1996 Dakota with a torque monster (not) 3.9L V-6 and automatic owned since 1998. Now demoted to winter duty
    2008 Ford Mustang V6, the new summer daily driver

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    doublechaz (2 Days Ago)

  5. #484
    Aspen and Volare Super Member doublechaz's Avatar
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    Just what the doctor ordered. Thanks! It does ok with the single stage timer. Not perfect, but ok. Soo much better than it was when the thermostat was dead shorted and burned out the timer and the ignition switch. It left the choke on full pretty much all the time and the tank I went through while testing got 8 mpg. Now it mostly opens in about 120 seconds or so, then it is a little too rich for the next 3 minutes or so (probably have a carboned up crossover making this middle stage not work), but not like before where I almost couldn't drive it. Now it's just a little bogged. When it's done after 5 or 7 minutes it runs just right (not counting the random mystery lean that I expect is throttle shaft leakage).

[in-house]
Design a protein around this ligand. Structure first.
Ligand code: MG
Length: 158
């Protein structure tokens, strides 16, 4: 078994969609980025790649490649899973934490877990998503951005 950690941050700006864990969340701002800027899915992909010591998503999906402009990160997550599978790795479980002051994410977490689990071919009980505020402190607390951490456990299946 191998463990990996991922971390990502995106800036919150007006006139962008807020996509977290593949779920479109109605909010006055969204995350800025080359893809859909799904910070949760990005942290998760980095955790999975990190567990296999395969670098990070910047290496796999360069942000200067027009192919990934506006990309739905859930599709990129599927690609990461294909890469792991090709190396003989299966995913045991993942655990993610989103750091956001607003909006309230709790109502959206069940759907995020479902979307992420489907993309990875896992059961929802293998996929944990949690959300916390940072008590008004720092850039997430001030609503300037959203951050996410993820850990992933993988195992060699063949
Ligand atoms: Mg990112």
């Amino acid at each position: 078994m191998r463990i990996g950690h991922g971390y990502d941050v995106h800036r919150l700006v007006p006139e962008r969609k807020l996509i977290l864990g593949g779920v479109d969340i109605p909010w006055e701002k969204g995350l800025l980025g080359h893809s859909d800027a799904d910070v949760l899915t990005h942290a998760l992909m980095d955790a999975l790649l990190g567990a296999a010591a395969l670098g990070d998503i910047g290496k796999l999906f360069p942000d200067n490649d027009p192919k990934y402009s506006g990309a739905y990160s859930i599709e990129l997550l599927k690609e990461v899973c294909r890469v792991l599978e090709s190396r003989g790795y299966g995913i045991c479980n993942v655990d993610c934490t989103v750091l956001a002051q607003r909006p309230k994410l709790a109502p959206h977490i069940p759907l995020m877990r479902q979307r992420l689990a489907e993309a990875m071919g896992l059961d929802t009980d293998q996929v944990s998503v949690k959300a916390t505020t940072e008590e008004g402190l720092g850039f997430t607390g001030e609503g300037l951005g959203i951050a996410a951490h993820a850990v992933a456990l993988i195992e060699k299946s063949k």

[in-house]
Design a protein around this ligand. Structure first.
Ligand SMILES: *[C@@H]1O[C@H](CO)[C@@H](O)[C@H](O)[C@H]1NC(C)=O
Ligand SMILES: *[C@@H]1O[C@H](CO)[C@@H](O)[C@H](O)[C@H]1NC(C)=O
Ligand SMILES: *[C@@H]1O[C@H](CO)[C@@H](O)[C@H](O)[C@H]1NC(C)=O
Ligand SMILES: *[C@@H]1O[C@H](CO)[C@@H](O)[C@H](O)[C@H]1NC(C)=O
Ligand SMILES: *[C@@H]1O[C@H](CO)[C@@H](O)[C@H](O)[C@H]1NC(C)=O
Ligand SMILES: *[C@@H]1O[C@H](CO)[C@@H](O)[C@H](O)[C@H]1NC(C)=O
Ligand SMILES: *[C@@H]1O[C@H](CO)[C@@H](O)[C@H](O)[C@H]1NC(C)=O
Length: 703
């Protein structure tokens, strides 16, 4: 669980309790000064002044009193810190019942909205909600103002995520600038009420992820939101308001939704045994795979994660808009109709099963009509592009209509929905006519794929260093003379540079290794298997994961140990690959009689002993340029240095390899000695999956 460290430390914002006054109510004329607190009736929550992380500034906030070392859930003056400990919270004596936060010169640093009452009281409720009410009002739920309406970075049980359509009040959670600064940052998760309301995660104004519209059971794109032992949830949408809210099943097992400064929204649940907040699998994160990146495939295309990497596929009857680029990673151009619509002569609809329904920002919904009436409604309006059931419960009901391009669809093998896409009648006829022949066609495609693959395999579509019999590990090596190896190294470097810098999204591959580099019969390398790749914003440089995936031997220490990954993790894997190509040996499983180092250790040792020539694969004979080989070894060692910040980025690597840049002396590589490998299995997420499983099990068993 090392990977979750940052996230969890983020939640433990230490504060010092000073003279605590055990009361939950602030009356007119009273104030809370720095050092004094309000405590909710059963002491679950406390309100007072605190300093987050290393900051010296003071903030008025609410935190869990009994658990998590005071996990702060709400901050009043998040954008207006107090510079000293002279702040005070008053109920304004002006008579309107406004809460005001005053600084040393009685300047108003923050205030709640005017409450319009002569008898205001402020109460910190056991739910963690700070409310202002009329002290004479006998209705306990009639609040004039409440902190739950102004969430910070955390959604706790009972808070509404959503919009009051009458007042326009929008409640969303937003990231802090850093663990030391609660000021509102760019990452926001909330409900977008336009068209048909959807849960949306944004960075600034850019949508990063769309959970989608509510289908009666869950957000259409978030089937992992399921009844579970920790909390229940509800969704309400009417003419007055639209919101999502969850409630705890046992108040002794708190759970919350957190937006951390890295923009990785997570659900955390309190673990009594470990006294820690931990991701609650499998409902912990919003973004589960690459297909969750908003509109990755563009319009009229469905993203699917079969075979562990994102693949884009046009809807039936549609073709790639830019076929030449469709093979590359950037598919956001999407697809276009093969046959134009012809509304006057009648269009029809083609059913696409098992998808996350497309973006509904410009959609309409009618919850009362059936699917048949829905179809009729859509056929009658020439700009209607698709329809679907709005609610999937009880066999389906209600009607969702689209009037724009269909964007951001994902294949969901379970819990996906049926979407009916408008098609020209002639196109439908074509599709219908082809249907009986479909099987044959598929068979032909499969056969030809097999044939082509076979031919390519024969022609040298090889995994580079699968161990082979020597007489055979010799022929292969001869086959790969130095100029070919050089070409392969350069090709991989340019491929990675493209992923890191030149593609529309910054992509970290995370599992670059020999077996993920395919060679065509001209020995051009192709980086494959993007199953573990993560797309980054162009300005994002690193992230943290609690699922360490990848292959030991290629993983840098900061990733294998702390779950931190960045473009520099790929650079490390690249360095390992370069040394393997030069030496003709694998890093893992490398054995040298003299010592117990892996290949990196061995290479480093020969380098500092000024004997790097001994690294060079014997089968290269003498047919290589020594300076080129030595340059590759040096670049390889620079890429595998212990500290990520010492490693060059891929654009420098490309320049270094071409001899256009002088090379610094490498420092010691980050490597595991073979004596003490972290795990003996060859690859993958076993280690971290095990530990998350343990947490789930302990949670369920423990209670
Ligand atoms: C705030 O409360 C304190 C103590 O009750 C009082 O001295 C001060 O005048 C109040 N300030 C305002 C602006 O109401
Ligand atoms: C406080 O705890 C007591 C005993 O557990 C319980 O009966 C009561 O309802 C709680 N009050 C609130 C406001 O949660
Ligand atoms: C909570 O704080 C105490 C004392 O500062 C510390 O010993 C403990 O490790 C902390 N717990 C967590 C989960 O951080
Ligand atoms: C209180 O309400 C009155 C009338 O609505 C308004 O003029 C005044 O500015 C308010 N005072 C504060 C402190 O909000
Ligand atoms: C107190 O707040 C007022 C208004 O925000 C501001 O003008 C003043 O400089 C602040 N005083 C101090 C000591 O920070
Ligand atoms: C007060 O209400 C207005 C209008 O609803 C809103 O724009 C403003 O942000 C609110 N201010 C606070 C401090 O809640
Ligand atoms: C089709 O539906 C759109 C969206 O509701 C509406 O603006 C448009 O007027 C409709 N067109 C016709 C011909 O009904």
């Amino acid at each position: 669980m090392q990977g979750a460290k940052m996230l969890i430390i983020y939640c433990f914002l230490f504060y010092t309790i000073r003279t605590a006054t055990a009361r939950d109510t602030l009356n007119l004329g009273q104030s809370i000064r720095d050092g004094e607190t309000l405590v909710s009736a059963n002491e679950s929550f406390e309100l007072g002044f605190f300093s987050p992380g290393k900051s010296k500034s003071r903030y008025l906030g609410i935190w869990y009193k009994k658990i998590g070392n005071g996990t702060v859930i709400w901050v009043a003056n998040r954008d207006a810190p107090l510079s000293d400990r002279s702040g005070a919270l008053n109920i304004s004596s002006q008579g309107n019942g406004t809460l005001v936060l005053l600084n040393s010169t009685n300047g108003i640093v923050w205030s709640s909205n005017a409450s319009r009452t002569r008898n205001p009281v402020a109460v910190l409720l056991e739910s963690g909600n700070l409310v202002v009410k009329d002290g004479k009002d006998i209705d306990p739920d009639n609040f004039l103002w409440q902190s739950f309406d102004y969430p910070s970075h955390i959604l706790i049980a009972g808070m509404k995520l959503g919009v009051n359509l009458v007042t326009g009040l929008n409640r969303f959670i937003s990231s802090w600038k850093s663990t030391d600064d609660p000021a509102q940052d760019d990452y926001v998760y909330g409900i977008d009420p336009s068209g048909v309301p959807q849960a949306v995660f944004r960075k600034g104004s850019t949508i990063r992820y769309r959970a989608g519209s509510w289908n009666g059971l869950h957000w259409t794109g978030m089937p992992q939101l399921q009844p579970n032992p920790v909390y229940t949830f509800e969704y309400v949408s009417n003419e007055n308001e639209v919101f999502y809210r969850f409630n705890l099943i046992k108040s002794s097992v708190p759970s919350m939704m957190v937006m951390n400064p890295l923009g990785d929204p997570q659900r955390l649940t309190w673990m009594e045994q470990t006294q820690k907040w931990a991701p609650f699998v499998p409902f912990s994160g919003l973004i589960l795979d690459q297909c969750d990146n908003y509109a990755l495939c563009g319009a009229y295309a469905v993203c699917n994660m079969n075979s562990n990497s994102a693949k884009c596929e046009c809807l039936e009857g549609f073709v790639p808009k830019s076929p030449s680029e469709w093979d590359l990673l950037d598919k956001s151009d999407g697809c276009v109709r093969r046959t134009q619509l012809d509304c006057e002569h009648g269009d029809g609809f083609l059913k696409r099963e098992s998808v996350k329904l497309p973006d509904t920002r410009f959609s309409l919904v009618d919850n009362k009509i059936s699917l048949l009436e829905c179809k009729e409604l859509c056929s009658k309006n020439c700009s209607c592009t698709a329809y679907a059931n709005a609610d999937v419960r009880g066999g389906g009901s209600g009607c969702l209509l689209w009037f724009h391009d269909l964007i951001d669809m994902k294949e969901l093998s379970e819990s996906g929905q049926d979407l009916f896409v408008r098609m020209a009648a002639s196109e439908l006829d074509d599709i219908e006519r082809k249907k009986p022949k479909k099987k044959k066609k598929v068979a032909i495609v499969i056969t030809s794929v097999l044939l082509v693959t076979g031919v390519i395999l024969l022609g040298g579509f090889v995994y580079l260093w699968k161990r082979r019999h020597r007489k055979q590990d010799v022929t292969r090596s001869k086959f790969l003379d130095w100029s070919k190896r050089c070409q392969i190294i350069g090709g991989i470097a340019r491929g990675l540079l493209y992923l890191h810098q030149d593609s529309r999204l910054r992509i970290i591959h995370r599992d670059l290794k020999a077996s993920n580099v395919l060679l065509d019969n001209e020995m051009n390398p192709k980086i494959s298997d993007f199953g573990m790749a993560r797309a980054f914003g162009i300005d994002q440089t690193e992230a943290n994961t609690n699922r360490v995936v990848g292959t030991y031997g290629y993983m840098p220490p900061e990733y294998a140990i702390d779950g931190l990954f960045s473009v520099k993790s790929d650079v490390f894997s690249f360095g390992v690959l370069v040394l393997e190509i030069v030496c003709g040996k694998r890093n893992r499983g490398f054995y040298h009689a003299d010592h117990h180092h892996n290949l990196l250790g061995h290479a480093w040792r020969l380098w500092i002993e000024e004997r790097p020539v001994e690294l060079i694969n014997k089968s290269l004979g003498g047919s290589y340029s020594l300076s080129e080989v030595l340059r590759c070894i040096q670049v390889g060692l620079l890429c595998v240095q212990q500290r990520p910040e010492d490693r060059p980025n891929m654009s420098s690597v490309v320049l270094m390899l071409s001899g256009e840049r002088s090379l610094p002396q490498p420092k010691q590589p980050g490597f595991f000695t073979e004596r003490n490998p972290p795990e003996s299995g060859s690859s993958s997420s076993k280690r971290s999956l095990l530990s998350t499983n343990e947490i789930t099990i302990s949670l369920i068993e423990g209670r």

I autopsied the old dual stage. There are two bimetals in there. One was cooked so bad that it couldn't be closed by any means (it probably stopped deforming when it hit the bottom of the little cavity), the other was welded closed. There used to be a resistor wire wound around the welded one, but that was burned so bad it turned to dust when I touched it.